Impact on the Anglophone Provinces
In the past three years, what originally started as a government crackdown on a minority group wanting societal equality has escalated into a humanitarian crisis in which an emerged armed separatist group and the government are not only fighting each other but are also indiscriminately targeting civilians. There have been a multitude of reports of the military burning down whole villages, beating up civilians, opening fire on anyone about whom they have the slightest, arbitrary suspicion of working with the separatists. The massacre on Feb 14th seemed to be a classic case of that. On the other hand, there are also reports of separatists abducting, torturing, and killing humanitarian workers, government workers, and any civilian whom they suspect of ‘siding’ or otherwise engaging with the government. For example, in a municipal and parliamentary election in early February, separatists tried to enforce a boycott on the “sham” elections in the anglophone regions by abducting 40 candidates and preventing citizens from voting. So far, an estimated 3000 civilians have been killed in the conflict.
The ripple effect of this violence is also significant: around 730,000 Cameroonians have been both internally and externally displaced. The people who flee to neighboring countries face instability living as refugees, while most of the internally displaced are hiding in the bush, with little access to food, water, or healthcare, according to the New Humanitarian.
Education has also been attacked. Deemed a “no school” campaign, the armed separatists have barred students and teachers in anglophone provinces from going to school since 2016, insisting that schools will remain closed until the government grants them the independent state of Ambazonia. Despite several anglophone groups calling for this to end, the separatists have gone to extreme measures to enforce this boycott, including threatening kids on the road whom they suspect are on their way to school, burning down education facilities, and abducting teachers and students who disobey. As a result, more than eighty percent of schools in anglophone Cameroon have been shut down, and as many as 600,000 children haven’t been to school in three years, according to the United Nations. This supposed ‘campaign’ is simply counterproductive and a direct violation of the students’ right to go to school. With a whole generation of Cameroonians being used as pawns in this conflict and being deprived of education, the future of the country is even more uncertain.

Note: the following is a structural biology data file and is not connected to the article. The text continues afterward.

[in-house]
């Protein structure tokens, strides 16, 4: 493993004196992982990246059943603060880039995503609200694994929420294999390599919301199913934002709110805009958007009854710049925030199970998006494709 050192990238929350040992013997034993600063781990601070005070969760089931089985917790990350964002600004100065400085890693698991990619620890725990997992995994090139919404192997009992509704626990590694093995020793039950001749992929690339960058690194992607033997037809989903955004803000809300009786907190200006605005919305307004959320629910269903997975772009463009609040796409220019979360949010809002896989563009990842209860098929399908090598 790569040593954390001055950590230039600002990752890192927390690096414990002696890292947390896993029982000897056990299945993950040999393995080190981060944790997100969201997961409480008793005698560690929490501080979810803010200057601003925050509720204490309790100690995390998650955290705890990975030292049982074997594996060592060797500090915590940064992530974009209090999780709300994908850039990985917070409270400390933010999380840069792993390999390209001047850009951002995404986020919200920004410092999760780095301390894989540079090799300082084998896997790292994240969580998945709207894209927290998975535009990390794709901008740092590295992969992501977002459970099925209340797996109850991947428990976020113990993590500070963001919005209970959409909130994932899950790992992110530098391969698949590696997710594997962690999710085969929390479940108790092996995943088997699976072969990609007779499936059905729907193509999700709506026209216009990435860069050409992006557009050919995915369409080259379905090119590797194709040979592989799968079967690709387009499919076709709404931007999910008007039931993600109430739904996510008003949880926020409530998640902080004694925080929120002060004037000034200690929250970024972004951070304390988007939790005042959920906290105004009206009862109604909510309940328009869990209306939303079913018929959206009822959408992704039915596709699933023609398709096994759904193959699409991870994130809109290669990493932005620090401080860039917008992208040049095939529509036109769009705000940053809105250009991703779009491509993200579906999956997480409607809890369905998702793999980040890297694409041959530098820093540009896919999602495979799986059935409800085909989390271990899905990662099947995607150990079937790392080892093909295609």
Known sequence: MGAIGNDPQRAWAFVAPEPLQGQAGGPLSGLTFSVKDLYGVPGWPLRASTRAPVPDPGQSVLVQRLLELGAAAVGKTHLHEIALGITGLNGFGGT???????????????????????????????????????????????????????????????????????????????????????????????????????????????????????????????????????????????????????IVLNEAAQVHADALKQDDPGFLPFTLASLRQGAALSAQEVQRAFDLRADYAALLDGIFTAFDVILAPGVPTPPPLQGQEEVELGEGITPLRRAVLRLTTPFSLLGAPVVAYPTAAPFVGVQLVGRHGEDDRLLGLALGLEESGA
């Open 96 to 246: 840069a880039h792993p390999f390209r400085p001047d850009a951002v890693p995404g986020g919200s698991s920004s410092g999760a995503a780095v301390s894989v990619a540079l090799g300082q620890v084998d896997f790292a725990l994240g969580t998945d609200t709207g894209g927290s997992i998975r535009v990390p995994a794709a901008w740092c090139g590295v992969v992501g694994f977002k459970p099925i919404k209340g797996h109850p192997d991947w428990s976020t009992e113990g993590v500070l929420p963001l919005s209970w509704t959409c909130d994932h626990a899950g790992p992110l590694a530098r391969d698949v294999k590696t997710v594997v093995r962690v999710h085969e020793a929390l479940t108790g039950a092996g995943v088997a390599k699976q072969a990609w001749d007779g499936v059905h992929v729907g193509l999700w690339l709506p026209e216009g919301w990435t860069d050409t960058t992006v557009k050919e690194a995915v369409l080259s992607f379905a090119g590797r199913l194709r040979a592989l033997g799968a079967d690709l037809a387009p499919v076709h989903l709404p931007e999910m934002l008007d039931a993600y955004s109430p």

In October of 2019, President Paul Biya held a Grand National Dialogue to negotiate and resolve the anglophone crisis; one result was a bill that granted ‘special status’ to the two anglophone regions. But this has been largely ineffective. Not only did the separationists and other opposition leaders boycott the talk – claiming that it wasn’t a genuine effort from the government to resolve the crisis – but many in the anglophone provinces think that the “special status” don’t change anything in practicality. Thus, conflict continues.
This violent stalemate seems to be going nowhere, as both the Cameroonian government and the separatists seem resistant to holding serious negotiations, at the expense of thousands of civilians. With more and more disregard, manipulation, and loss of civilian life, the whole situation is descending to a state where, as Cameroonian lawyer Akere Muna said, “human life no longer has any value”. Reports that uncover what’s going on in the country are simply jarring and cannot pass under the international community’s eye without calls for change.
Above all, both the government and the separatists need to realize that this Anglophone Crisis cannot go on indefinitely, and that the humanitarian dilemma this conflict has already caused will have serious ramifications for years to come, whether anglophone Cameroon ends up seceding or not. The bottom line is that this horrific, reckless, and inhumane violence has to stop. As Cameroonian Father Asua Andrew Forka asserted,
“Violence begets violence. As the government is using violent methods to solve this problem, it’s not going to end today because the anger they are planting in the hearts of babies, children, and families […] this anger can never be quenched, except that we stand up as a people and decide whether we want to live together or separate.”